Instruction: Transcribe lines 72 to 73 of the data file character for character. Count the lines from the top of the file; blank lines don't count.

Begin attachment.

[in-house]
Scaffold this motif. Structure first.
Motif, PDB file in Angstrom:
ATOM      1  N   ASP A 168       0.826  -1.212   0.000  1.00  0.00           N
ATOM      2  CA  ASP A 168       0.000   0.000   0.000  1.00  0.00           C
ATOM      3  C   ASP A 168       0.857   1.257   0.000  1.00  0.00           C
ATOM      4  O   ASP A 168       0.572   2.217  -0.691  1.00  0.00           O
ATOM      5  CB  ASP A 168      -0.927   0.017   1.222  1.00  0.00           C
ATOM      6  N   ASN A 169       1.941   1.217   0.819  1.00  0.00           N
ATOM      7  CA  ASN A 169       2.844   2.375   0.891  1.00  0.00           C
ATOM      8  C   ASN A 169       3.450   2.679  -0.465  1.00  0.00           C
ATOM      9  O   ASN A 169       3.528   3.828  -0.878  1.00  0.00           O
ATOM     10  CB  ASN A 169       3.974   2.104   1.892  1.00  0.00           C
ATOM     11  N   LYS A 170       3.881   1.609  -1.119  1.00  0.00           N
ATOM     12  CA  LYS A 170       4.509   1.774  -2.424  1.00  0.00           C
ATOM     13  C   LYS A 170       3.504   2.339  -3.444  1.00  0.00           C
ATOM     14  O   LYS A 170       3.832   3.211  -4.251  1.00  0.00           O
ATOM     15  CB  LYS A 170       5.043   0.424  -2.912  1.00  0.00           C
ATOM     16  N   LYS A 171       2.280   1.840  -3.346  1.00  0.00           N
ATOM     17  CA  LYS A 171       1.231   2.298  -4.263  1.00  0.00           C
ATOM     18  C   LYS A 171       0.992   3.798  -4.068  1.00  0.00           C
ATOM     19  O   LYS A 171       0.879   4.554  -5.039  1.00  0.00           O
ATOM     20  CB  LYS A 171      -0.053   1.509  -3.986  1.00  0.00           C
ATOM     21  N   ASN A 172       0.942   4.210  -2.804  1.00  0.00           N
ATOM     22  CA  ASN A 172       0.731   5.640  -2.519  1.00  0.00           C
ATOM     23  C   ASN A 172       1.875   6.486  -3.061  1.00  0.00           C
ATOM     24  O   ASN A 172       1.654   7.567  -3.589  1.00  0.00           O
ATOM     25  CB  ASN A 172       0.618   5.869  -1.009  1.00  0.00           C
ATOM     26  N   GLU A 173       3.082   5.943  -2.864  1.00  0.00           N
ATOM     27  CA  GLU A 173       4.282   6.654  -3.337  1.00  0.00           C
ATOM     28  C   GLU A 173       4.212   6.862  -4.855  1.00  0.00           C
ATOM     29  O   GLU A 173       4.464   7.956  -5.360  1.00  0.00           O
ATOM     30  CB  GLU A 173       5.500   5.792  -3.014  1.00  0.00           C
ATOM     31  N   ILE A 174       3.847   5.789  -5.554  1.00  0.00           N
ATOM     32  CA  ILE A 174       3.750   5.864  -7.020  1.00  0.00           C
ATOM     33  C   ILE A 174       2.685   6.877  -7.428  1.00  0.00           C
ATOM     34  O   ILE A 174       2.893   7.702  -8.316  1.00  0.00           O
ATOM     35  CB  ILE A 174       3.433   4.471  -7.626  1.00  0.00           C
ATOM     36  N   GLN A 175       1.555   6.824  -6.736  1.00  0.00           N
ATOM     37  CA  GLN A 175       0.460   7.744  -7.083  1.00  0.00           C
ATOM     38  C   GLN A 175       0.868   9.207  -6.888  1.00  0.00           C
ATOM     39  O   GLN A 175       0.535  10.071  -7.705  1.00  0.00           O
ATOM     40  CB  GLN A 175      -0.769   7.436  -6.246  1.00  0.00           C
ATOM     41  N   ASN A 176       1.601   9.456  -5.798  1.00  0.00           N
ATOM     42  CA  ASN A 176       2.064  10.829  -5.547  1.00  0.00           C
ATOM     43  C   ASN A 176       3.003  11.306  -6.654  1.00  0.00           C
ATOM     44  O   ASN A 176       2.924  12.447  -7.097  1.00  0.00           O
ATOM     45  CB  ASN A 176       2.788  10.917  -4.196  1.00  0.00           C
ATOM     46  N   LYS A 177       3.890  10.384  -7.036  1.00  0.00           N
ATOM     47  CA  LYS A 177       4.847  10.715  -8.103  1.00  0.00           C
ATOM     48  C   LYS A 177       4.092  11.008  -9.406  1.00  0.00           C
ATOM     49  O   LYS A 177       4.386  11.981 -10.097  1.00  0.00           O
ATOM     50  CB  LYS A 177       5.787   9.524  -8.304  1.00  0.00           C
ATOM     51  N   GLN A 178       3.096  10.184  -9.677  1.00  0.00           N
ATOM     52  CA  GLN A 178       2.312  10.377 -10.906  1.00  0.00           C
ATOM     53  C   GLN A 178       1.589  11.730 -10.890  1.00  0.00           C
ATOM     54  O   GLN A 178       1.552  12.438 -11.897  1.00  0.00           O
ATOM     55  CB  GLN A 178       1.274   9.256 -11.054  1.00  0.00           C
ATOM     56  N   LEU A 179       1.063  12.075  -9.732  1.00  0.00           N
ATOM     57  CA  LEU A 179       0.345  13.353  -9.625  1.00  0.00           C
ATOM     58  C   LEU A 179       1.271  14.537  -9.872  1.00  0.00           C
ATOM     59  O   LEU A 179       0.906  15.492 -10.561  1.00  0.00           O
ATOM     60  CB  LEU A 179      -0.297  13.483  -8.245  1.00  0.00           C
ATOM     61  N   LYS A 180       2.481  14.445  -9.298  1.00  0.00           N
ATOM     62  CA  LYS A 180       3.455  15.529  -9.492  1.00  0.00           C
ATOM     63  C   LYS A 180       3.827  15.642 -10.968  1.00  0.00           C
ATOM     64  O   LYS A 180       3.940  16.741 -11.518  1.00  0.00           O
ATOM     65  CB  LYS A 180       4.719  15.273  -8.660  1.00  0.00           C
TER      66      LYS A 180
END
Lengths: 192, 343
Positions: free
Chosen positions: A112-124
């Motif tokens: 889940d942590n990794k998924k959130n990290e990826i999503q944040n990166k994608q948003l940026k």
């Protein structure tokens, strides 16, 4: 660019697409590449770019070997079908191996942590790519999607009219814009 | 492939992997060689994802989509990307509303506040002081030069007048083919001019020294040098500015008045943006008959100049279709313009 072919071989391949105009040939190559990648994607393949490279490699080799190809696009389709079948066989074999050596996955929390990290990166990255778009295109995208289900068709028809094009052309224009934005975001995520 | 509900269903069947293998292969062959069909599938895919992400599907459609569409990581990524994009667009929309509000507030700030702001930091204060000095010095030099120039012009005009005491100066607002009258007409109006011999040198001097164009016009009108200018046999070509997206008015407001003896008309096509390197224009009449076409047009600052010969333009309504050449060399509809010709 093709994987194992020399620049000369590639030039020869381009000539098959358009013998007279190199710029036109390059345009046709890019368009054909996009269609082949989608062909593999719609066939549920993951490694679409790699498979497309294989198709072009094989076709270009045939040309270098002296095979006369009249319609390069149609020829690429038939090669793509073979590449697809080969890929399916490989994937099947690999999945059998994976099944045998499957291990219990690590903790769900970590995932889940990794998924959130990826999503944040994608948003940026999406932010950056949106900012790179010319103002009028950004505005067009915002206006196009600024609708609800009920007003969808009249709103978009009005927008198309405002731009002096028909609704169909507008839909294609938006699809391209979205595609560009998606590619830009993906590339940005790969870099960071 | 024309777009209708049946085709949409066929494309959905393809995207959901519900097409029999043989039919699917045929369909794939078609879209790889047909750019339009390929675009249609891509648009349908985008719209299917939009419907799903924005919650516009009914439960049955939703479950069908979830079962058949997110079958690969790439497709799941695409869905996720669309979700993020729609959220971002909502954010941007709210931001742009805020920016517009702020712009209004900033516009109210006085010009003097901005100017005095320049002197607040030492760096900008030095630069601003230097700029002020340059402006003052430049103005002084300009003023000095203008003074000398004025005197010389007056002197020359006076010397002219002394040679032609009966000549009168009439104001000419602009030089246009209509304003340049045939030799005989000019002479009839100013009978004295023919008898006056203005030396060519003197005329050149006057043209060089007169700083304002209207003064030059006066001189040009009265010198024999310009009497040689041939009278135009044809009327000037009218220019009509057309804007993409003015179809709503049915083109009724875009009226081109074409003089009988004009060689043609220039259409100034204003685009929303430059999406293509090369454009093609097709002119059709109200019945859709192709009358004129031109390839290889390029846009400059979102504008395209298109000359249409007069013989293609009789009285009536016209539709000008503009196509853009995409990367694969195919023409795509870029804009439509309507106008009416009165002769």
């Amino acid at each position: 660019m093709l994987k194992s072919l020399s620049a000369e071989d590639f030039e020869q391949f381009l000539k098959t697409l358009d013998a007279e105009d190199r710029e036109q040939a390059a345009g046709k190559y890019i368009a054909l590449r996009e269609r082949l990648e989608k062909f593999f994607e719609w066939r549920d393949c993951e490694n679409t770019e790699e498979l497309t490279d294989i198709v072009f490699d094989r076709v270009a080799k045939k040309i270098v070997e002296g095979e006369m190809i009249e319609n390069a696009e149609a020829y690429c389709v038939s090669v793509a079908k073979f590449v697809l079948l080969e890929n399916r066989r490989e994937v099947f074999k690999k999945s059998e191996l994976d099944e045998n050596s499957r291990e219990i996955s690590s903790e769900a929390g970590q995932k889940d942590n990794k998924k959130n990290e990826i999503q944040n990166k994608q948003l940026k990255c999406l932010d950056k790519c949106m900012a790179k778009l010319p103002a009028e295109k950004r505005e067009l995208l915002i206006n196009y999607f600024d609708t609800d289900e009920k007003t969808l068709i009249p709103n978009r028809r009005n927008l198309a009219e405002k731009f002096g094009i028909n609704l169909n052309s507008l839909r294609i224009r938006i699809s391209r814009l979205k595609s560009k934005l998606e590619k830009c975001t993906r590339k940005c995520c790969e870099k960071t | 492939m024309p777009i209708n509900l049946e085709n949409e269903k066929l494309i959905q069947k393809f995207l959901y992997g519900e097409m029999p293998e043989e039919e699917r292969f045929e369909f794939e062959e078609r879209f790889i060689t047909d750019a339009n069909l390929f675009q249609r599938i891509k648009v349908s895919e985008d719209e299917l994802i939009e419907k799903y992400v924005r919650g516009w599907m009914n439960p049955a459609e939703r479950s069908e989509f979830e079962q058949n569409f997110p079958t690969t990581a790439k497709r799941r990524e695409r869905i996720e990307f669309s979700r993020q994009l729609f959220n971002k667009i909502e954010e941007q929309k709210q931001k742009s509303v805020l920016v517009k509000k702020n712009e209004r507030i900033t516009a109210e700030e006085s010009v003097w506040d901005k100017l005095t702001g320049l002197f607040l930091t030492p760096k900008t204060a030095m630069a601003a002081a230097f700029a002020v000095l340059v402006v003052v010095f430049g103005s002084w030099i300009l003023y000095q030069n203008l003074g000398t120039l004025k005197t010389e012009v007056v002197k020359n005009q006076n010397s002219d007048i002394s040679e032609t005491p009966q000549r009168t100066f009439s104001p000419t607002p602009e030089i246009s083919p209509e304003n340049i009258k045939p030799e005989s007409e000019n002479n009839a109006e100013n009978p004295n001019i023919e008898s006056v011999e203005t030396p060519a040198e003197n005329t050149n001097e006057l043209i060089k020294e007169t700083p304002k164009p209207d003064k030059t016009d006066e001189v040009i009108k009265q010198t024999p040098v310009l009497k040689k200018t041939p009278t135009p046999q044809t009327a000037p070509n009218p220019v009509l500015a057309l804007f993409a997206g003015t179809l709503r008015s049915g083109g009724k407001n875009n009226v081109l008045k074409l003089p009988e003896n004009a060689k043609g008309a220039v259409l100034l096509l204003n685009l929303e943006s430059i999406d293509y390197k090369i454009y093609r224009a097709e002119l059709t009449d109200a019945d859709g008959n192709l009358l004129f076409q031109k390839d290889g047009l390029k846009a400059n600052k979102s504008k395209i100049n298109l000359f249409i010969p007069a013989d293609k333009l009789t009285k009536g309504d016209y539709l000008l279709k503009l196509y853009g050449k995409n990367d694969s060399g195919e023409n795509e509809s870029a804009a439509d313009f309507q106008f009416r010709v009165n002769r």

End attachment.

Positions: free
Chosen positions: A112-124